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Students and Faculty as Co-Teachers: Processes of Self-Efficacy and Educational Empowerment
Journal of Baccalaureate Social Work
  • Marceline M. Lazzari, University of Washington Tacoma
  • Nancy A. Banman
  • Robert L. Jackson
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When students and faculty share teaching roles and responsibilities, an innovative and challenging learning environment emerges. This paper presents findings from a qualitative research study that sought to explicate the meaning of co-teaching from the perspectives of student co-teachers. Thirty-six undergraduate social work students were interviewed. Student co-teachers reported that their social work education, knowledge, values, and skills were positively affected and their relationships with faculty and students enhanced. The data hold relevance for all social work educators who are interested in creating learning opportunities that more closely replicate the world of practice. In so doing, it appears that processes of self-efficacy and educational empowerment become reciprocally engaged and result in personal/professional experiences that expand the boundaries of traditional educational approaches.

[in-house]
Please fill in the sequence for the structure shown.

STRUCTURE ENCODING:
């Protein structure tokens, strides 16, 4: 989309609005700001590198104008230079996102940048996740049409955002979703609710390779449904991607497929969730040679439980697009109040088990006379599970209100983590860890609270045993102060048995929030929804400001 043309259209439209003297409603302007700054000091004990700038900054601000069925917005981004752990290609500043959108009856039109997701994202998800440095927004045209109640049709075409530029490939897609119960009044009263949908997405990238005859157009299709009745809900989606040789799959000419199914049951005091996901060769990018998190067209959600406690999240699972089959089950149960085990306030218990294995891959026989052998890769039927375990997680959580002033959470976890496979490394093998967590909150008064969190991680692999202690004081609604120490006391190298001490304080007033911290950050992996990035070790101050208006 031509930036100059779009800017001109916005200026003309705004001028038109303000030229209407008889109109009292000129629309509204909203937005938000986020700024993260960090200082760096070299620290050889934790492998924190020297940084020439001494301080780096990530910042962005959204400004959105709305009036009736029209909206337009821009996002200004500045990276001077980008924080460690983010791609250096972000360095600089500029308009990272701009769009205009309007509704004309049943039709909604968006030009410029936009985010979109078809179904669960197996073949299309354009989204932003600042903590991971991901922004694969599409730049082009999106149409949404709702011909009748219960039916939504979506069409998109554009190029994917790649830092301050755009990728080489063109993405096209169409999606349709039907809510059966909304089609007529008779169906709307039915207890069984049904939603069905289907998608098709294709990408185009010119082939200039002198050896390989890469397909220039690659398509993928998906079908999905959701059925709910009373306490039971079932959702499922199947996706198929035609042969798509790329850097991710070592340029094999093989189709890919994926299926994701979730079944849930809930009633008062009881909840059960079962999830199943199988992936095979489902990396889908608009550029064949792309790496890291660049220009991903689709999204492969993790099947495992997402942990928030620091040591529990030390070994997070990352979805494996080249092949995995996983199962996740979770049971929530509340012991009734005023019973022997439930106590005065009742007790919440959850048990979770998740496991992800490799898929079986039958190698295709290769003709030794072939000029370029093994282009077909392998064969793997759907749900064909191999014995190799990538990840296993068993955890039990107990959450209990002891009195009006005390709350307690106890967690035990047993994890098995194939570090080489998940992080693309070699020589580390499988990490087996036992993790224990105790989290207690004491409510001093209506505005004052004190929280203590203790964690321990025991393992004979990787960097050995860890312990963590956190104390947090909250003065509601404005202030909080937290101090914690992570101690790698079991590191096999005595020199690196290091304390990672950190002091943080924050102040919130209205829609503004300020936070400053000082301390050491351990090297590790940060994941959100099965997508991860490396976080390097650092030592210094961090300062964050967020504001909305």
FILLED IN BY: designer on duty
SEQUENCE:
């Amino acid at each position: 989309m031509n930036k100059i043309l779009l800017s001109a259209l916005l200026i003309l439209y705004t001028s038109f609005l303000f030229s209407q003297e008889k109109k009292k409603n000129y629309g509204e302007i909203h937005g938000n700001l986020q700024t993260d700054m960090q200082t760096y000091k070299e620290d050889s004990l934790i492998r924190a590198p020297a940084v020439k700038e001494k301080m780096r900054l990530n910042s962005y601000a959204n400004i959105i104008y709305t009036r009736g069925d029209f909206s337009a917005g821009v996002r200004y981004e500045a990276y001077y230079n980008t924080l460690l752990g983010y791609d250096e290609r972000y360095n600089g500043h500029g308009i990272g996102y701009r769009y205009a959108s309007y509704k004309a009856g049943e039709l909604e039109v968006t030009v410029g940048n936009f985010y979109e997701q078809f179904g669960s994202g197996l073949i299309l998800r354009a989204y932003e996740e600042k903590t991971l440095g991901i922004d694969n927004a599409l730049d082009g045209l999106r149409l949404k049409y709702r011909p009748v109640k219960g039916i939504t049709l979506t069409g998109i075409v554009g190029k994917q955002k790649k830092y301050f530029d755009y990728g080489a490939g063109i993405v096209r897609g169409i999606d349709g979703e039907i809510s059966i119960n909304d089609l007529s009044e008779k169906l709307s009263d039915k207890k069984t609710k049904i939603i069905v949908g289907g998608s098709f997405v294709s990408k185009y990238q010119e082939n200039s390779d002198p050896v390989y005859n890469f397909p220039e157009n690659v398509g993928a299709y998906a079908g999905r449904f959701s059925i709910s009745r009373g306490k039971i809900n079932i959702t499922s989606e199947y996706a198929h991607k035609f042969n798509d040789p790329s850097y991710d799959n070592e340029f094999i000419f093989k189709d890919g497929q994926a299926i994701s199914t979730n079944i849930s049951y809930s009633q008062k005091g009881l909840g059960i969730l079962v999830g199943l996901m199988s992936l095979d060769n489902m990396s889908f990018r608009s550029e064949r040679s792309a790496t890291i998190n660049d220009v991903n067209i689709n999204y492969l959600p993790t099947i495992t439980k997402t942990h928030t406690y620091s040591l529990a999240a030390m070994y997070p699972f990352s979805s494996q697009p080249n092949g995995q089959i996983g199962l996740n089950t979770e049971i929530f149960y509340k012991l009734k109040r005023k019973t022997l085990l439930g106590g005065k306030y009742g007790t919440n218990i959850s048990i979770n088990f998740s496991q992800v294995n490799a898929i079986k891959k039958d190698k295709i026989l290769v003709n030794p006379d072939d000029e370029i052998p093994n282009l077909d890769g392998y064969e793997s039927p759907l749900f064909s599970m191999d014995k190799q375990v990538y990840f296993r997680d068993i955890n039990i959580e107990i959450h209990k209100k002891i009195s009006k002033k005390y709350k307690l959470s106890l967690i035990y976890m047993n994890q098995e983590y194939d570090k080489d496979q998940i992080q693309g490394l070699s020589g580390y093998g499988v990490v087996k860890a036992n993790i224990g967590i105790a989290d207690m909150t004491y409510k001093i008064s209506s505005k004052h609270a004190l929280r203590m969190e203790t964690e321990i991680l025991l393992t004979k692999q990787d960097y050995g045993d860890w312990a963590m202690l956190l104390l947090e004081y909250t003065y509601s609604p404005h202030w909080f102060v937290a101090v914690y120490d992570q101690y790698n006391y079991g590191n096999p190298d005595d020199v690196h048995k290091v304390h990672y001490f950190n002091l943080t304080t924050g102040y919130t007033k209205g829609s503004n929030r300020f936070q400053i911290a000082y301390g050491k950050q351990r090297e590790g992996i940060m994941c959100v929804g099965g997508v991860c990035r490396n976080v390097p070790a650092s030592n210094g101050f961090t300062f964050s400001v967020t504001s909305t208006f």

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Citation Information
Marceline M. Lazzari, Nancy A. Banman and Robert L. Jackson. "Students and Faculty as Co-Teachers: Processes of Self-Efficacy and Educational Empowerment" Journal of Baccalaureate Social Work Vol. 2 Iss. 1 (1996) p. 133 - 150
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